Bennie bent down to pick up the crumbs, astounded that Genevieve noticed them, and wondering if Eileen was rubbing off on the bohemian artist. He had to admit that tonight his boss looked more like a local lady, than the stylish artist he met three years before, on that hot summer day, in New York.

Kelly wasn’t surprised to see his wife glide out of the front door followed by her model and muse. Bennie rarely passed up a chance to go into town. His movie-star good looks made him quite popular with the town’s young ladies, who one day would brag that they once dated Bennie Laplaca, when he was a nobody. Each girl would brag that she was the woman who broke his heart and turned his life upside down, though none of them would ever be privy to the young man’s real story of how he became a very real part of the Archie family. Bennie possessed the talent for listening, rather than talking, which was the second reason he was so popular.

Once in town Bennie hopped out of the truck bed in front of the town’s only movie house, next door to Massey’s drug store, where the soda fountain was a magnet for the youth of the town. He gave the couple a quick wave before joining a group of teens already lining up for the evening showing of a movie that premiered on the West Coast months before but was having its first night’s showing in Misty.

Kelly and Genevieve continued on to the quiet tree shaded street where Louise Archie lived with her troop of regal cats. As the truck passed the high fence, which Kelly’s uncle erected against the town’s ordinances, shielding his sister’s eyes against seeing the neighbor’s lovely daughter sunning in what the pastor considered an indecently small bathing suit, Kelly and his wife suddenly saw what Louise was so excited about over the phone. There … sitting in the middle of her previously unoccupied driveway was a brand-new jade green Edsel.

“Oh, my god, your mother bought an Edsel!” Genevieve gasped, inadvertently raising her hand to the collar of her stole, in shock.

“She sure did,” Kelly deadpanned. “What do you bet that my uncle had something to do with this purchase?”

“No bet, it’s a given,” Genevieve said, suspecting that Carol, the pastor’s wife stopped him from ordering one of the trendy cars.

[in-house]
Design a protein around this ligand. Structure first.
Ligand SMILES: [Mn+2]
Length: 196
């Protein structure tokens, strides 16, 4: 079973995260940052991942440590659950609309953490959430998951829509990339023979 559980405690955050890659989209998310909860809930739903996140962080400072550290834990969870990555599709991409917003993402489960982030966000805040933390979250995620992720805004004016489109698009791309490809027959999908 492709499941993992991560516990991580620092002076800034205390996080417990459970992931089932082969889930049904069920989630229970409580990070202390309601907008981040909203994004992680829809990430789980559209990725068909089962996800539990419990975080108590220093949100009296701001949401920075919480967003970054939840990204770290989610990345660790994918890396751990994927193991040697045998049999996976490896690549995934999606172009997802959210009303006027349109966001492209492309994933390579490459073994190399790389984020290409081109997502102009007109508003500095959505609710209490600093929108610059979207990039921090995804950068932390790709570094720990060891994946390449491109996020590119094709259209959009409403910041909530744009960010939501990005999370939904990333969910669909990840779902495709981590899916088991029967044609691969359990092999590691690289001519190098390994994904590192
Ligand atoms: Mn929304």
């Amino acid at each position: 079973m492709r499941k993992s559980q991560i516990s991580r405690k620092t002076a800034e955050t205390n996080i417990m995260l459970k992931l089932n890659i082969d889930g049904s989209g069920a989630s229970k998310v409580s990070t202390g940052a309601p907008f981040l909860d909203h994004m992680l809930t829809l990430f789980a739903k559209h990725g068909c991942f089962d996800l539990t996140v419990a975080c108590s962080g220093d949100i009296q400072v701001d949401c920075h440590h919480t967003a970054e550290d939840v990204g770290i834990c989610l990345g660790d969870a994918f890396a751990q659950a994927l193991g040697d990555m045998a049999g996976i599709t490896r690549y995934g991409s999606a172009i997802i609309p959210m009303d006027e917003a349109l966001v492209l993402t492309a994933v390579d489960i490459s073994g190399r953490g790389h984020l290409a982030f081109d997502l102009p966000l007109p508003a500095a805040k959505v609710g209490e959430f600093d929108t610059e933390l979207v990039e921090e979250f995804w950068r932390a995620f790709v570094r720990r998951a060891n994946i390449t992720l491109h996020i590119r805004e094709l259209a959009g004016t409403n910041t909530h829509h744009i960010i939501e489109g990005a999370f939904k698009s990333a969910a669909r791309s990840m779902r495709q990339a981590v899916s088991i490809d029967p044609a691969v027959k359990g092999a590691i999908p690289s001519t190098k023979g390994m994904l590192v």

“You can always trust my uncle to jump on the bandwagon for anything that is new and foolish,” Kelly said, musing to himself that even as a boy he felt he possessed better judgment than his uncle, except that day he jumped on the train out of town.

Parking on the street, Kelly commented, “I have never seen Momma park a car any where but in her garage.”

“I know what you mean. She always makes comments about other people parking their cars outside to show them off but isn’t this your mother’s first new car?” Genevieve responded, touched by how her mother-in-law must be feeling about the purchase.

“That is true. Da was a big one for always buying used cars. He said, he liked them broken in, and all the bugs shaken out,” Kelly said, with a sad fond smile of remembrance.

The couple knew that Louise must be watching them through her lace curtains, so they walked around the car seemingly admiring it while they spoke in hushed voices.

“What do you think ever possessed your mom to buy such an ugly thing, even with Milstead’s input?” Genevieve asked, “It looks like it is screaming.”

“Well, I expect mother’s friend Betty Sue had something to do with it too. You know her, anything that is unusual and expensive, she will be the first in line, with an elbow in my uncle’s ribs,” Kelly said, looking at the massive chrome bumper, cantilevered in front of the car.

“My goodness, it looks worse in person, than it does in the print ads,” Genevieve remarked, sweeping her arm to take in the car and smiling for her mother-in-law’s benefit. “That thing in front looks like a proboscis.”